And while there are a lot of reasons that churches get stuck and plateau or begin to decline the biggest culprit is that somewhere along the way new people stop getting connected or assimilated into the life of the church. It doesn’t have to be that way. Try giving the list below to the Sr. Leadership Team at your church to read and then come back and have an honest conversation about each point and identify opportunities to improve and islands of strength to build on.

Create an Engaging Guest Experience

I’ll admit that what I’m about to say may sound a little like heresy, but here goes. Instead of learning from other churches begin looking at other public spaces that people in your community enjoy going to. Visit resorts, restaurants, stores and other public venues that have a great guest experience and have people coming back for more. Take your teams, debrief, and build a list of what you can learn and principles and ideas that you can transfer to your local church.

Create Opportunities for People to Self-Identify

Guest parking, children’s check-in, a physical guest services location, and a communication card located in your church program or bulletin are all simple ways to create avenues for guests to self-identify. By a guest self-identifying they are essentially “opting-in” or giving you permission to speak with them. Instead of butting into people’s lives and spamming people are you engaging them in a dialogue with their permission.

Make it Personal

It’s a nice touch when I make reservations for my wife’s birthday and we show up at the restaurant to be greeted by a “Happy Birthday Mrs. Alexander,” (and I don’t mind the free dessert either). The more personal you can make it, the more memorable it will be. Instead of a cookie-cutter guest follow up letter, could you write a personal handwritten note? Could the person who greeted the guest and walked them around actually be the one writing it? How about a personal phone call to say, “Thank you for being our guest,” instead of trying to just get them to come back. Think: personal without intrusive.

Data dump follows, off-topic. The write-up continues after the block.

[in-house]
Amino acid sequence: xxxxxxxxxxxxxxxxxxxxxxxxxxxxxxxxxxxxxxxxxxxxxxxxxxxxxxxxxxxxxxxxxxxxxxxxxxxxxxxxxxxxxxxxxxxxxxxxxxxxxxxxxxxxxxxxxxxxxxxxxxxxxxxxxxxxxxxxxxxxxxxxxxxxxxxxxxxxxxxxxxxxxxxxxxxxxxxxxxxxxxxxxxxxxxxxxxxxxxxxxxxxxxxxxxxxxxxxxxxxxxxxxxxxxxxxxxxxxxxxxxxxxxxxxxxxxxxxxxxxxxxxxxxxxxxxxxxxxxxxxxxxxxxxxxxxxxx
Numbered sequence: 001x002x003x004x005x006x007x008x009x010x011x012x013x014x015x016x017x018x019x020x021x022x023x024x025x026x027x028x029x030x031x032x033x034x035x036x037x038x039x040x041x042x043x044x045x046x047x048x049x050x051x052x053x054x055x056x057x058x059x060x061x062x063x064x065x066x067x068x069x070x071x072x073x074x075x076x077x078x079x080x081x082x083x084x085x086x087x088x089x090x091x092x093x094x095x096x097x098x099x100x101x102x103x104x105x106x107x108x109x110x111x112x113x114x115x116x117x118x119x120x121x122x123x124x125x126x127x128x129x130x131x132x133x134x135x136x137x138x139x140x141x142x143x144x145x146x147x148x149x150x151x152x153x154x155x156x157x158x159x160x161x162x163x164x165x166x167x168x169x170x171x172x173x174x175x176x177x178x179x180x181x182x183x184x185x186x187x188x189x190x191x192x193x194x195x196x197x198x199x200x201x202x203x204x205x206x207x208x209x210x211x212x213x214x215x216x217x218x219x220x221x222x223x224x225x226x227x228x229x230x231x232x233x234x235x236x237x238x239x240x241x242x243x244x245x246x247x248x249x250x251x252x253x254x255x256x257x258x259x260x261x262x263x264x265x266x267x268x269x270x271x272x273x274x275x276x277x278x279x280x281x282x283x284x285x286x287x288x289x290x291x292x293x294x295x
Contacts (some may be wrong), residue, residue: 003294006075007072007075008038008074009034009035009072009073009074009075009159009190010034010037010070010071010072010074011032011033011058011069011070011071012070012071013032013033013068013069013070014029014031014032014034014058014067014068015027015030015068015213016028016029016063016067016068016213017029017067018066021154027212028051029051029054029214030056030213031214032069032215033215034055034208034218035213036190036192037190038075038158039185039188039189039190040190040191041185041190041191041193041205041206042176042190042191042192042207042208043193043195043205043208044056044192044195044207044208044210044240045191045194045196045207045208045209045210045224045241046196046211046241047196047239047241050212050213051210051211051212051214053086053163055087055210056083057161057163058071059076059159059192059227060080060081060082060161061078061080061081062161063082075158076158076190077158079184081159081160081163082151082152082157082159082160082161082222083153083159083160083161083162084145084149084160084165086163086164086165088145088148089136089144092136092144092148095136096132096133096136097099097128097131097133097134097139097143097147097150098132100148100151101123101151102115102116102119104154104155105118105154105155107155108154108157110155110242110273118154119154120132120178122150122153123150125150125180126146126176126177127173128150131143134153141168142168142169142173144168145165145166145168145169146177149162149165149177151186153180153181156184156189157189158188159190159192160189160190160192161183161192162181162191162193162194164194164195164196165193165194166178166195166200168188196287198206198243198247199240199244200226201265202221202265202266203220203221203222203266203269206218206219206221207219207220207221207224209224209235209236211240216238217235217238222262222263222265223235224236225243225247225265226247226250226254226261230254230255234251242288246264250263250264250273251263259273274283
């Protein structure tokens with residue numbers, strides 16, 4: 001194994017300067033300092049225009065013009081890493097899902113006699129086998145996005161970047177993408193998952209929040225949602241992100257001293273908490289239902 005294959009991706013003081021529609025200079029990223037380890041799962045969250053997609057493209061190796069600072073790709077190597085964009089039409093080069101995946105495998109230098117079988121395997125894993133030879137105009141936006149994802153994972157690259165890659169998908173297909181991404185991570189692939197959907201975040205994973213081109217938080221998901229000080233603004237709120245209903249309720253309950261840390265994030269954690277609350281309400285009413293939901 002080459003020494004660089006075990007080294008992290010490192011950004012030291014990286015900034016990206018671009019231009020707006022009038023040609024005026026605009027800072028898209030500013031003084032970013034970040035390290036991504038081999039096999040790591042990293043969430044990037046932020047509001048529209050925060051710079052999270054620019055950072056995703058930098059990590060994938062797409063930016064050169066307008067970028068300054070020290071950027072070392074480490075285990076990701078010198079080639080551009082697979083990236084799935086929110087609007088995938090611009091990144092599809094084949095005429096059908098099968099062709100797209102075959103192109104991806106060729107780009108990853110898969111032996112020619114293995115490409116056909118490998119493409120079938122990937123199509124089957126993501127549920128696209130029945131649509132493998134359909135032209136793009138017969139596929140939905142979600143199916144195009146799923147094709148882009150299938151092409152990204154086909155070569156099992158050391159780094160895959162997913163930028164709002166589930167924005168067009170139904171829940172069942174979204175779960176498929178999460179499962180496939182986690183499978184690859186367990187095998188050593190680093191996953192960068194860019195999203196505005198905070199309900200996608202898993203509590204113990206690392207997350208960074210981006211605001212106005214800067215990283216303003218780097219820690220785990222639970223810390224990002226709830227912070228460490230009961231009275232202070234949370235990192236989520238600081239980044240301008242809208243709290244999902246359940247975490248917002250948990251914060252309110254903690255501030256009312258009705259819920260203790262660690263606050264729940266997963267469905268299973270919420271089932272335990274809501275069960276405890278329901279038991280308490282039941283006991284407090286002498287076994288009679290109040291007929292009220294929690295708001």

Identify Next Steps for People

It can be frustrating going onto a church campus for the first time. It can seem like everyone else (insiders) already know where to go and what to do. It’s easy to feel like an outsider; in fact in can be plain intimidating. You can make it easier for people by thinking through a “what’s next” exercise with your team. Imagine a guest drives into your parking lot…what next? Imagine they find the right place to park…what’s next? Asking, “What’s next?” moving through the moment a guest arrives on your campus to the moment they leave will help you discover opportunities you have to make it easier for people to get connected at your church.

Make it Easy to Volunteer and get into a Group

People come to church for all kinds of reasons but they stay at a church because of relationship and responsibility. So instead of making it difficult to volunteer and get into a group make it easy. The best way to build a great assimilation process at your church is to focus on building a strong culture of volunteering and Bible Study Groups.

Create an Invitation Culture

When people come to church with people,assimilation becomes easy because there is already an existing relationship. In the same study conducted by LifeWay Research referenced above, they found the following to be true:

  • Most people come to church because of a personal invitation
  • 7 out of 10 unchurched people have never been invited to church
  • Only 2% of church members invite an unchurched person to church
  • 82% of the unchurched are at least somewhat likely to attend church if invited

This post is an excerpt from an article that I originally wrote for Converge Point Magazine.


Posted in Leadership